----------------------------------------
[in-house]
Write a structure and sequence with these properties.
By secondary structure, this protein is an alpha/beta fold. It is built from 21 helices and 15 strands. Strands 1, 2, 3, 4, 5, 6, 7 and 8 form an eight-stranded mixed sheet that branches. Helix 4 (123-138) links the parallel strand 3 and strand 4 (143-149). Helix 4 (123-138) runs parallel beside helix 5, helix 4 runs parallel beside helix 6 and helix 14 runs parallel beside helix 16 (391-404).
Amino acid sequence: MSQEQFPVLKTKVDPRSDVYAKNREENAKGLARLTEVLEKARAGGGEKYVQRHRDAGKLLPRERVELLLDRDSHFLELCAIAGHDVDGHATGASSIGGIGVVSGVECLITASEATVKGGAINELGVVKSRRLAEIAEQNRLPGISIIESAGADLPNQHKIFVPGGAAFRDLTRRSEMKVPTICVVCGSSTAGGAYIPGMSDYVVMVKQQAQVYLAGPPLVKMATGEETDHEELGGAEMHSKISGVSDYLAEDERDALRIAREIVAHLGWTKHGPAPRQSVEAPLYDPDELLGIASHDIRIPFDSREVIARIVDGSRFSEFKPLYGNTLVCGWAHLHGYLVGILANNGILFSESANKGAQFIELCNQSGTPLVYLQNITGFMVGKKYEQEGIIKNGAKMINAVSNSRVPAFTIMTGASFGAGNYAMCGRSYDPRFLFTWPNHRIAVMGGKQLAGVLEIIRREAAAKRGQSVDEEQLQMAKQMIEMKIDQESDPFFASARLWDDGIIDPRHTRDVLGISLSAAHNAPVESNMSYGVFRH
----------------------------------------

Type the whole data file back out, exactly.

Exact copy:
[in-house]
Write a structure and sequence with these properties.
By secondary structure, this protein is an alpha/beta fold. It is built from 21 helices and 15 strands. Strands 1, 2, 3, 4, 5, 6, 7 and 8 form an eight-stranded mixed sheet that branches. Helix 4 (123-138) links the parallel strand 3 and strand 4 (143-149). Helix 4 (123-138) runs parallel beside helix 5, helix 4 runs parallel beside helix 6 and helix 14 runs parallel beside helix 16 (391-404).
Amino acid sequence: MSQEQFPVLKTKVDPRSDVYAKNREENAKGLARLTEVLEKARAGGGEKYVQRHRDAGKLLPRERVELLLDRDSHFLELCAIAGHDVDGHATGASSIGGIGVVSGVECLITASEATVKGGAINELGVVKSRRLAEIAEQNRLPGISIIESAGADLPNQHKIFVPGGAAFRDLTRRSEMKVPTICVVCGSSTAGGAYIPGMSDYVVMVKQQAQVYLAGPPLVKMATGEETDHEELGGAEMHSKISGVSDYLAEDERDALRIAREIVAHLGWTKHGPAPRQSVEAPLYDPDELLGIASHDIRIPFDSREVIARIVDGSRFSEFKPLYGNTLVCGWAHLHGYLVGILANNGILFSESANKGAQFIELCNQSGTPLVYLQNITGFMVGKKYEQEGIIKNGAKMINAVSNSRVPAFTIMTGASFGAGNYAMCGRSYDPRFLFTWPNHRIAVMGGKQLAGVLEIIRREAAAKRGQSVDEEQLQMAKQMIEMKIDQESDPFFASARLWDDGIIDPRHTRDVLGISLSAAHNAPVESNMSYGVFRH